The life of evangelical churches and their spiritual leaders has been portrayed in some recent films and series. Can they help us start conversations?
Marcelo Crivella is nephew of Universal Church of the Kingdom of God leader Edo Maceido. The image of most ‘evangelical’ politicians in Brazil is very bad, says sociologist.
A singer and Bishop of the neo-Pentecostal Universal Church of the Kingdom of God (IURD) has become the new Mayor of Rio de Janeiro.
Marcelo Crivella received 59% of the votes in the second round of the local election.
He was candidate for the small Brazilian Republican Party and is well-known for being the nephew of Edo Maceido, the founder of the IURD. This church presents itself as an “evangelical” denomination but is known for its prosperity gospel theology. IURD churches have also been accused by several organisations of fraud and money laundering.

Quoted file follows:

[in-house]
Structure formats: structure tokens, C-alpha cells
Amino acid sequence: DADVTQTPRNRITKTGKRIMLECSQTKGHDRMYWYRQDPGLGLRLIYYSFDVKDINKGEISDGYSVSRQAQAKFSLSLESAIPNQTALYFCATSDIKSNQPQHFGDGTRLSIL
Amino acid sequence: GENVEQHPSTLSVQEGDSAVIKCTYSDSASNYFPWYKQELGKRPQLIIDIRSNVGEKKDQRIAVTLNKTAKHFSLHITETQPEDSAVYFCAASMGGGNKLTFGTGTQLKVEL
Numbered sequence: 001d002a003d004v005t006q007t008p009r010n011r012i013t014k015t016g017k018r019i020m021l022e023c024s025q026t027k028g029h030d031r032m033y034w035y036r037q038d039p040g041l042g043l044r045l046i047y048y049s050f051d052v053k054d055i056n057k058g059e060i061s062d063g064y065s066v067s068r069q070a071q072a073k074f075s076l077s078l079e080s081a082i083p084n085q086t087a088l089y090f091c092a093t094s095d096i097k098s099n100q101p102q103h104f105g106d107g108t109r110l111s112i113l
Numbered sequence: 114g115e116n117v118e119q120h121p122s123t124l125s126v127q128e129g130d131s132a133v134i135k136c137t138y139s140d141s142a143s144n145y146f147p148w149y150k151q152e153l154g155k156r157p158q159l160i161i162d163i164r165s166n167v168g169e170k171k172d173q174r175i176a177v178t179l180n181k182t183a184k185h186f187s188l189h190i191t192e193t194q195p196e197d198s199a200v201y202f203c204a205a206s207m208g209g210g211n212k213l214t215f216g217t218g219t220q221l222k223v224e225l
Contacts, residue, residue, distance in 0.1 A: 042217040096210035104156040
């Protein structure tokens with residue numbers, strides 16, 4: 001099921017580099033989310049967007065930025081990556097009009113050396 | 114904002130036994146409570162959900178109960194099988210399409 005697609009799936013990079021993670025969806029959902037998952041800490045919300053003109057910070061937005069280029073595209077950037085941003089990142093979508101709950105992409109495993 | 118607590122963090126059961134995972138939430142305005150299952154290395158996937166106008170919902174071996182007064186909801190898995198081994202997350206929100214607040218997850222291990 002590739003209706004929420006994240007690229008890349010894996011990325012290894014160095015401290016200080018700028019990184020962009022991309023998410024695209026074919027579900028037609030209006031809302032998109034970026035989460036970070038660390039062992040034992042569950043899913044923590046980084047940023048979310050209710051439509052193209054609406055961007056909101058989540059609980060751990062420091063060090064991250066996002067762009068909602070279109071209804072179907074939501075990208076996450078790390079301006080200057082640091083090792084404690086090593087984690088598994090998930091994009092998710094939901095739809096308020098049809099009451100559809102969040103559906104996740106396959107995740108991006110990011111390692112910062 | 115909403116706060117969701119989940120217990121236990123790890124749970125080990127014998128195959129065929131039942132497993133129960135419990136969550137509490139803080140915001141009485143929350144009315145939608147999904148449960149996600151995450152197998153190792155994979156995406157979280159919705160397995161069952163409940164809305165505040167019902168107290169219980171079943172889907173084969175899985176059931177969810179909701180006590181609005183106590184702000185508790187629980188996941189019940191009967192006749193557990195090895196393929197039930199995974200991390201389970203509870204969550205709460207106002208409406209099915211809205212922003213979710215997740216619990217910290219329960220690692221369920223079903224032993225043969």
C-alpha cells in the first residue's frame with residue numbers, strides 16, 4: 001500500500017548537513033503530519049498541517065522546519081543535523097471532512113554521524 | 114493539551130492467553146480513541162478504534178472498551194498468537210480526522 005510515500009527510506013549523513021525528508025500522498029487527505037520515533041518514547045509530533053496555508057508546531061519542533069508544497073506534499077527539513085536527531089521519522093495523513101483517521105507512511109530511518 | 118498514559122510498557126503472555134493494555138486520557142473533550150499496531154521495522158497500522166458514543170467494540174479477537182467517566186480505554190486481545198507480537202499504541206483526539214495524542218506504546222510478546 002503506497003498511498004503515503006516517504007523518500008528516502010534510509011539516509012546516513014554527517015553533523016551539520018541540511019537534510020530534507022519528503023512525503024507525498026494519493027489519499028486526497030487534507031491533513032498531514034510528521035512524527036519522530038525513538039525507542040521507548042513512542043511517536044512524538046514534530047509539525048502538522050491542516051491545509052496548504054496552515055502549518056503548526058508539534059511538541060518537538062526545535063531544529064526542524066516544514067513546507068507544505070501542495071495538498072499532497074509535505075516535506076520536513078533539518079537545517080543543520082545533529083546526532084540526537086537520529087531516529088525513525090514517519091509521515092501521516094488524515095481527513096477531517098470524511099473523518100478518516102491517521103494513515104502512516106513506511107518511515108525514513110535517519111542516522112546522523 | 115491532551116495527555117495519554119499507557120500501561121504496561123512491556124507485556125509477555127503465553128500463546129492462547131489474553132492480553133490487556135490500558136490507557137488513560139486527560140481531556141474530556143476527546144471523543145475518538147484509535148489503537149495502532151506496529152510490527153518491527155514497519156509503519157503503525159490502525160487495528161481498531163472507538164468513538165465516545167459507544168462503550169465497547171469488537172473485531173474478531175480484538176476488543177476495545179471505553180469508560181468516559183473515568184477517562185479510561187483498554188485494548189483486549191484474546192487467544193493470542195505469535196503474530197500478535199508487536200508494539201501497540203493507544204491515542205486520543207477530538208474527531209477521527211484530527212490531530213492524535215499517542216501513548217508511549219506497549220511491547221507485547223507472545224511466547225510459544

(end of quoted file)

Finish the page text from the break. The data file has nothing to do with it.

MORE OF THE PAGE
“I ask God that all can have the hope of those who always fight and the faith of those who never give up”, Crivella said after the victory against left-wing candidate Marcelo Freixo.
Crivella has been senator since 2002 and is representative of the so-called bancada evangélica in Brazil.
THE POWER OF ‘EVANGELICAL’ POLITICIANS
In a recent interview with Evangelical Focus, sociologist Paul Freston analised the power of the ‘evangelical caucuses’.
These politicians “do not necessarily reflect the political opinions of evangelicals in general but they reflect the ability of large denominations to mobilise their members to vote for a particular candidate”, he explained.
How do non-Christians see evangelical politicians in Brazil? “Not very well at all”, Freston says.
“Forty years ago, it was common to hear non-evangelical people say: Evangelicals are not involved in politics, that is a pity! It would be good if they were involved more, they would bring good things to the political world. Well, today no one says that. The image is very bad.”